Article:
Later, I returned to this doctor because I wasn’t getting better. I was, in fact, getting much worse. He said I looked stressed (perhaps from the constant pain and insomnia?).

Then he suggested I watch a youtube video about the benefits of walking.

In my naivety, and my strong desire to do everything possible to get healthy, I did as he instructed. Unfortunately, I was unable to walk further than my driveway due to severe air hunger, heart palpitations and extreme weakness and fatigue….all symptoms of Lyme disease!

I don’t believe these doctors meant to harm me even though going so long without a diagnosis did just that. I believe they wanted to help me and were doing the best they knew how with the knowledge and tools they had.

Although I’ve had to work through some difficult and strong feelings like people sometimes do in life, I have no ill will towards them. (For more on this, please feel free to check out The Shocking Truth About Forgiveness And Your Health.)

I do, however, hope that these doctors (and all medical professionals) make concerted efforts to learn more and keep up on the latest about Lyme disease so others don’t have to suffer needlessly too.

If this happened to me it could happen to you or to your loved ones. And I would never wish this horrible disease on anyone! That’s why it’s important to me to share with you to help prevent other people from going through what I, and thousands of others, have.

Finding A New Normal After Lyme Disease

suffering with Lyme
Making healthy choices, managing stressors and listening to your body can help you deal with chronic illness.

Although life is very different for me now, I’m finding a new normal and constantly working to learn more and become as healthy as possible.

I’m thankful for a supportive family and friends.

In some ways life is actually better because I’ve learned to slow down and bask in the moment. Whereas before I was always multitasking, running from one event to the next.

I’m learning to live in the moment. 🙂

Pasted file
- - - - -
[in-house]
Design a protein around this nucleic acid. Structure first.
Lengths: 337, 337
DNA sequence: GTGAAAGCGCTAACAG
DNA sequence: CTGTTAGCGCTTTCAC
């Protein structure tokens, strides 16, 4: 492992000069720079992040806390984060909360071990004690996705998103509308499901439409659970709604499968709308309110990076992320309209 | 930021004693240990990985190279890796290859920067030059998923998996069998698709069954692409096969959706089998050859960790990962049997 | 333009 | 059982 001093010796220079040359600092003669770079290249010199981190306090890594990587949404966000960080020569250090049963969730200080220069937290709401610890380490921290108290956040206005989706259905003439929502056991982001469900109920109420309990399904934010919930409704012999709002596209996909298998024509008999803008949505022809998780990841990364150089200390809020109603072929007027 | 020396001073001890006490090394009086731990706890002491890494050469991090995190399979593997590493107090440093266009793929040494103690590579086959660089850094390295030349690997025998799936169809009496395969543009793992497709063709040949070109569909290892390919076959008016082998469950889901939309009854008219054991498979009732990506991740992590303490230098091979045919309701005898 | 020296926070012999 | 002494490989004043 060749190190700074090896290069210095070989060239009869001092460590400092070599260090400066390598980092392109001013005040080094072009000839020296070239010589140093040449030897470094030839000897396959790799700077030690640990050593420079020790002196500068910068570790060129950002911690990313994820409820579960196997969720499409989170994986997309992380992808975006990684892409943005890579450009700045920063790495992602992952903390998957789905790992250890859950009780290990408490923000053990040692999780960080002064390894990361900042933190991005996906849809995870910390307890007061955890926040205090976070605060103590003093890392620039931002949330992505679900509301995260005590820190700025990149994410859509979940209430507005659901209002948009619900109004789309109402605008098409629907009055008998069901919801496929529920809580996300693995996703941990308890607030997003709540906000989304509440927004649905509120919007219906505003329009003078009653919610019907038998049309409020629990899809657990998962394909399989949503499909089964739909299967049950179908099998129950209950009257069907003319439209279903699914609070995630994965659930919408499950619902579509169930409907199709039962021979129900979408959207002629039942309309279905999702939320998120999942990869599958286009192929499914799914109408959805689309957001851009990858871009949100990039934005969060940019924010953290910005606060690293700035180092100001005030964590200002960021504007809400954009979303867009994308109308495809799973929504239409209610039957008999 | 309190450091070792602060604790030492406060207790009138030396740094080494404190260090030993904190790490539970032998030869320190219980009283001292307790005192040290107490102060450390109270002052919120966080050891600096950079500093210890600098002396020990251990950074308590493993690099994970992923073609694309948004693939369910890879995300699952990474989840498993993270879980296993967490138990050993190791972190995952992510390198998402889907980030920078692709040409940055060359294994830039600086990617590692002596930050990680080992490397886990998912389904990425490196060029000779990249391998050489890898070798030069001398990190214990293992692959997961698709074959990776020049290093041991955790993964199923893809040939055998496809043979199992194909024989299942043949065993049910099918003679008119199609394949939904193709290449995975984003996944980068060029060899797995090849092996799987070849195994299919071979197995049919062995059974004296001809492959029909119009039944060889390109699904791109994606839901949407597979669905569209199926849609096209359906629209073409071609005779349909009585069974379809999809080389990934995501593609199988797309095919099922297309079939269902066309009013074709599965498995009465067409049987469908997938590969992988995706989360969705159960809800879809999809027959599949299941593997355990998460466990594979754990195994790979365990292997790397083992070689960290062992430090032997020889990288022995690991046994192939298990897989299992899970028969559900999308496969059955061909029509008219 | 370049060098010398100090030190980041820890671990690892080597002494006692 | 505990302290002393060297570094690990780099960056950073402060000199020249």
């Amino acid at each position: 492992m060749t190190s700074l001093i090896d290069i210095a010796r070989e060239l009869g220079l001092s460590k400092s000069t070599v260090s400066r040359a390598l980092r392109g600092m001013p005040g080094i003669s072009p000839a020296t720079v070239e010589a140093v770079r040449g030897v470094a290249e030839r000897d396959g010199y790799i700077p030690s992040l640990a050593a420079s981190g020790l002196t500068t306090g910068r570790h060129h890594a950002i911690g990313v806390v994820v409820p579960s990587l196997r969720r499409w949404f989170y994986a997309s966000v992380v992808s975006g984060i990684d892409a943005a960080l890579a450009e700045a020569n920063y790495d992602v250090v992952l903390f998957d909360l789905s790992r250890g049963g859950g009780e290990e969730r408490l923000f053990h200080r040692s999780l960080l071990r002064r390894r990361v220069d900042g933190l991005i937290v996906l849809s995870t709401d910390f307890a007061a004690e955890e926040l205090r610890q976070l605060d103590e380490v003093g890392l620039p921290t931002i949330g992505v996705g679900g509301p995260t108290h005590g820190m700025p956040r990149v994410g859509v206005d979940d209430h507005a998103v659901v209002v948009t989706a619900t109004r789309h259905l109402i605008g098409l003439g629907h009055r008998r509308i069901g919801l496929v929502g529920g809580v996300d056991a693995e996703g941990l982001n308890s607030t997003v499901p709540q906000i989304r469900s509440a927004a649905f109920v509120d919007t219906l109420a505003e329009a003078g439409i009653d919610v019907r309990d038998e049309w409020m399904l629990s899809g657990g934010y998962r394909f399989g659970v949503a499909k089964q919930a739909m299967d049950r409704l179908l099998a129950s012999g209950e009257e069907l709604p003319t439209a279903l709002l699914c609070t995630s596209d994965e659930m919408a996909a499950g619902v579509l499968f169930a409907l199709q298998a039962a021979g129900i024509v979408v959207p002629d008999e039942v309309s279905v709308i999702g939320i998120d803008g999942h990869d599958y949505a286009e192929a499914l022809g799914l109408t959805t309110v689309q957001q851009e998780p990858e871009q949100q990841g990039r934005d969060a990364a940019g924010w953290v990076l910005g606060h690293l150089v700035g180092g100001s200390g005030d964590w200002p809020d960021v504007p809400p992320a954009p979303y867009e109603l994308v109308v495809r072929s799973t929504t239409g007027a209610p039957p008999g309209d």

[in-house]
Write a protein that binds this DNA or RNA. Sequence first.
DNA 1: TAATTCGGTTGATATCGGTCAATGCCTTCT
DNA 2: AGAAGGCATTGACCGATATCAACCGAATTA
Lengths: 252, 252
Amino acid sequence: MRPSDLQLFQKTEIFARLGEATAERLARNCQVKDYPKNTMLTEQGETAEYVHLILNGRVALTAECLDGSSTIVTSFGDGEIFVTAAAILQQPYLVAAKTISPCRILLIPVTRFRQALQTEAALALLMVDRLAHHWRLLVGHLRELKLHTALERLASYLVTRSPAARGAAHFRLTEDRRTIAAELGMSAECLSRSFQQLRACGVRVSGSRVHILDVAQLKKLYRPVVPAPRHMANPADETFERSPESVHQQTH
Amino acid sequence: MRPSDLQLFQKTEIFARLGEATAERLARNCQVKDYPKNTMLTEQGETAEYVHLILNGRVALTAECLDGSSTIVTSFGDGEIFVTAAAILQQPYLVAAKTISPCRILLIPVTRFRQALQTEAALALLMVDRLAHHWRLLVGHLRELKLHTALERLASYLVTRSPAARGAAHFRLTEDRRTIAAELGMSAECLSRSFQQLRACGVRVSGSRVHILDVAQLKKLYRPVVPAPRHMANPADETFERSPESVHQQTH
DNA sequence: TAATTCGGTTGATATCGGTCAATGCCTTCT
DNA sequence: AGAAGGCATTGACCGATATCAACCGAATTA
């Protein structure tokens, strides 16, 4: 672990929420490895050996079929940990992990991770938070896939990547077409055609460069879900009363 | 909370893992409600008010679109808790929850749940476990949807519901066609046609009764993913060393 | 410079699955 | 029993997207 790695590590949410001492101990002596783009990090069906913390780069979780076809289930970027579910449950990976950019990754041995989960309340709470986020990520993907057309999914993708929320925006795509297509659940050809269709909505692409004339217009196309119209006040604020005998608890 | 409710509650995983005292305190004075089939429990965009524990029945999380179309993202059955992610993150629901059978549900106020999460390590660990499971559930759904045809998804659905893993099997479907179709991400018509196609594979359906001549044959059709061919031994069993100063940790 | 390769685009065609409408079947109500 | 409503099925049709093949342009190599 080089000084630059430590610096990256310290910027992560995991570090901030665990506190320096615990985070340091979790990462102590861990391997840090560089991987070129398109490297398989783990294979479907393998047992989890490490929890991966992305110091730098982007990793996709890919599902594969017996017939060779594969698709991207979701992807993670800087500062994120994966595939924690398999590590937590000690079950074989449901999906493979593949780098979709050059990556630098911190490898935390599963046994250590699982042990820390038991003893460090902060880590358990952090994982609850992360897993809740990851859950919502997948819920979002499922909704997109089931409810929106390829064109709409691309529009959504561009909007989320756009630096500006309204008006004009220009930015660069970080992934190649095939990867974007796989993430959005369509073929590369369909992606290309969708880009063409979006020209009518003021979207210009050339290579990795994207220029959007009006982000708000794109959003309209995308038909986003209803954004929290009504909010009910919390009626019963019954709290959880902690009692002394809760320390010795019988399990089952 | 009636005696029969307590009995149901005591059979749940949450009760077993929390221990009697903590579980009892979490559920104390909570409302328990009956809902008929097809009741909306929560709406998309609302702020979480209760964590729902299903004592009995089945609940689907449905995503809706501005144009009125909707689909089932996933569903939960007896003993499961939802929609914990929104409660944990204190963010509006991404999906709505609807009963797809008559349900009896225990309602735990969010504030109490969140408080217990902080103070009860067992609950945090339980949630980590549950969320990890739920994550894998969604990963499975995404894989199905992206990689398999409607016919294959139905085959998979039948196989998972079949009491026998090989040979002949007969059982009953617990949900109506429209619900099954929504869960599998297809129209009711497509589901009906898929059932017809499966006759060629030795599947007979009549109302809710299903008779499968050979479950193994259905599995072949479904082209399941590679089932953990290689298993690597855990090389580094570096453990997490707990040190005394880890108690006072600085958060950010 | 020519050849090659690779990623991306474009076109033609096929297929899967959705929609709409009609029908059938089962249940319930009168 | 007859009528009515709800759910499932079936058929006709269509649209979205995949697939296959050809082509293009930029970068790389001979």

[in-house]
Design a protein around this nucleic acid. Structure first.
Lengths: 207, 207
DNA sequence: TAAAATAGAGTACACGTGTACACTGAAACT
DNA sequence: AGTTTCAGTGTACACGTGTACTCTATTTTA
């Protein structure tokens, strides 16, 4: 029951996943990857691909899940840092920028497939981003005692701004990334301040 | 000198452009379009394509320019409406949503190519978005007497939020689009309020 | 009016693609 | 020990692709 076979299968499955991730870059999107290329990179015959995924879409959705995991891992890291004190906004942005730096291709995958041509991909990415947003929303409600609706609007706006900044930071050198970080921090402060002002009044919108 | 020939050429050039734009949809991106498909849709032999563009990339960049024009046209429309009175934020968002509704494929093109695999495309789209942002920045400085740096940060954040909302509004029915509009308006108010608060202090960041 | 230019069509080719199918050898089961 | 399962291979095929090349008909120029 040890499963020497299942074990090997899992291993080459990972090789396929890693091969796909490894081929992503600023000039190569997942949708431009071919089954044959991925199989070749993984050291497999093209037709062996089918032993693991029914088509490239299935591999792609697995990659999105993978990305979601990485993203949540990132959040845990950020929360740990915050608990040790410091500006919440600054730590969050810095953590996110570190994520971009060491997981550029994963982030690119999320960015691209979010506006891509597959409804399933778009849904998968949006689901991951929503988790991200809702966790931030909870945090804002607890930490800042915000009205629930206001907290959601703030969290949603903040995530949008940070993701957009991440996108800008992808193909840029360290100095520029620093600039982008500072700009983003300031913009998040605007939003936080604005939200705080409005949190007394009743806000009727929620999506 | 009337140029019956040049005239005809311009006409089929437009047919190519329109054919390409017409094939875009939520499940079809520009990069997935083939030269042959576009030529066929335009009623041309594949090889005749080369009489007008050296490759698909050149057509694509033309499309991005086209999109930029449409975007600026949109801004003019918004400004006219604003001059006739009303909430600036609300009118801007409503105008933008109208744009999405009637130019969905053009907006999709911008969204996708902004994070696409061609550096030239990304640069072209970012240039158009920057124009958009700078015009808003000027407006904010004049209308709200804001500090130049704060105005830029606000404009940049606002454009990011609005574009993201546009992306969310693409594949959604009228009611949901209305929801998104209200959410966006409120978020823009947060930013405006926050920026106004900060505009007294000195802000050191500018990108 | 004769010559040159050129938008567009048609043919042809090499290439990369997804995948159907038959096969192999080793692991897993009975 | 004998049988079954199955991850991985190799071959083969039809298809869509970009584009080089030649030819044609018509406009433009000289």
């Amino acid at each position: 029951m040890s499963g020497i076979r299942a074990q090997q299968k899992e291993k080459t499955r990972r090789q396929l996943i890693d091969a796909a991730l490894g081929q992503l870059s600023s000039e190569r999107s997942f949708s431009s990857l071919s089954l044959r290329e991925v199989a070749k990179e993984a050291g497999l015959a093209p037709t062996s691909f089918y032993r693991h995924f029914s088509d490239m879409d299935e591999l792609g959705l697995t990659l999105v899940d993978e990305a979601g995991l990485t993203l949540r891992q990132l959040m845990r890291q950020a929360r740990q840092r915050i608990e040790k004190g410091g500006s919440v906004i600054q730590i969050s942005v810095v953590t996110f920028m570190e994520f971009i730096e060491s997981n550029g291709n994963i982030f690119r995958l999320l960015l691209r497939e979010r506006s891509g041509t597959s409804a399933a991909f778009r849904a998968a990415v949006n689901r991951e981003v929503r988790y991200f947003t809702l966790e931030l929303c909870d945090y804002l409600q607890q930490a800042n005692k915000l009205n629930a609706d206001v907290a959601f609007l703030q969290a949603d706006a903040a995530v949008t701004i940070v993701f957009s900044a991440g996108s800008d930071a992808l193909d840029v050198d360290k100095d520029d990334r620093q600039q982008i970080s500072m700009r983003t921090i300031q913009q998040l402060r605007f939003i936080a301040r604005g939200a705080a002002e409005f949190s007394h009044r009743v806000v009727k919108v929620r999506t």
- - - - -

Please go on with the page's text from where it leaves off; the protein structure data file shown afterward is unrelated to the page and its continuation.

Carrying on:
Although I lived a pretty healthy life before, I’m much more conscious of making healthy choices now.

I’m more in touch with my body now. I (usually) don’t push past my limits like I used to. (Bad habits are hard to break.)

I also try to better deal with stress in my life instead of ignoring it.

Healing has been a gradual process. But I’m thankful for every gain and positive change that has occurred.

I’m not well, but I’m stronger than I was a year ago. And  that’s definitely a positive in my book!

The Takeaway

Suffering with Lyme disease, then finally getting a diagnosis has been a prolonged and painful process. But God has brought me through and strengthened me through the suffering and trials, and He can do the same for you.

If you have a chronic illness, don’t give up!


Do you have a chronic illness? Can you relate? What tips can you share to help others? 

Please share your comments and questions below in the comment section. I love hearing from you!


 You might like to read the following for help and encouragement if you or someone you love has a chronic illness:

Connect With Me Below:

Pinterest — /LoriGeurin
Facebook — /LoriGeurinBlog
Twitter — @LoriGeurin
Instagram — @LoriGeurin
Bloglovin — lorigeurin
Email — healthylife@lorigeurin.com

This post contains affiliate links. And you can read our Affiliate Policy here.


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The Signs, Symptoms And Stages Of Lyme Disease

signs symptoms and stages of Lyme disease
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Lyme disease continues to be a hot topic in the news, likely because it is increasing at an alarming rate due to climate changes and other factors.

Between 2004 and 2009 reported cases of Lyme disease rose 94%.

And the number of cases continue to rise today.

Fortunately, people are starting to take notice of this disturbing trend.

But, if Lyme disease continues to spread, often unrecognized and untreated, it won’t take long before everyone either knows someone who has it, or they have it themself.

Lyme is now much more common than AIDS, West Nile Virus, and other vector-borne illnesses.

Knowing what to look out for is crucial.